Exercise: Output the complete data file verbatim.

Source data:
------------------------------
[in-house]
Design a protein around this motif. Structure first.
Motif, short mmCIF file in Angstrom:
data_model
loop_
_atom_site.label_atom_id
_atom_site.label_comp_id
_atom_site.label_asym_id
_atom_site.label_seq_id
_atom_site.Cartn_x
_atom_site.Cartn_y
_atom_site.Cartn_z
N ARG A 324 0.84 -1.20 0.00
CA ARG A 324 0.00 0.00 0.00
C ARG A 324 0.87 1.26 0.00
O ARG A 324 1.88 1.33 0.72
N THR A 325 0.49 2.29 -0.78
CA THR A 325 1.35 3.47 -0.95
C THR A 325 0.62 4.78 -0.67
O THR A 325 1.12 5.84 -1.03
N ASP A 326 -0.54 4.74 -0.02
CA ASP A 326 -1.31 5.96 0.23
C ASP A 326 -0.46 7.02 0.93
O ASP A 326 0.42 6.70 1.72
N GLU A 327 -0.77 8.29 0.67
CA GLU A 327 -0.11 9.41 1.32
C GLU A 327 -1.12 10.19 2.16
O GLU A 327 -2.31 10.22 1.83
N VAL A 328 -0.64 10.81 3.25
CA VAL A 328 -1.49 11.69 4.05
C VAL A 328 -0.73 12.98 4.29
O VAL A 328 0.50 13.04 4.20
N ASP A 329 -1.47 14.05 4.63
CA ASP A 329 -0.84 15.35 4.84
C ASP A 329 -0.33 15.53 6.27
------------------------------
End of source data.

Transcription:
[in-house]
Design a protein around this motif. Structure first.
Motif, short mmCIF file in Angstrom:
data_model
loop_
_atom_site.label_atom_id
_atom_site.label_comp_id
_atom_site.label_asym_id
_atom_site.label_seq_id
_atom_site.Cartn_x
_atom_site.Cartn_y
_atom_site.Cartn_z
N ARG A 324 0.84 -1.20 0.00
CA ARG A 324 0.00 0.00 0.00
C ARG A 324 0.87 1.26 0.00
O ARG A 324 1.88 1.33 0.72
N THR A 325 0.49 2.29 -0.78
CA THR A 325 1.35 3.47 -0.95
C THR A 325 0.62 4.78 -0.67
O THR A 325 1.12 5.84 -1.03
N ASP A 326 -0.54 4.74 -0.02
CA ASP A 326 -1.31 5.96 0.23
C ASP A 326 -0.46 7.02 0.93
O ASP A 326 0.42 6.70 1.72
N GLU A 327 -0.77 8.29 0.67
CA GLU A 327 -0.11 9.41 1.32
C GLU A 327 -1.12 10.19 2.16
O GLU A 327 -2.31 10.22 1.83
N VAL A 328 -0.64 10.81 3.25
CA VAL A 328 -1.49 11.69 4.05
C VAL A 328 -0.73 12.98 4.29
O VAL A 328 0.50 13.04 4.20
N ASP A 329 -1.47 14.05 4.63
CA ASP A 329 -0.84 15.35 4.84
C ASP A 329 -0.33 15.53 6.27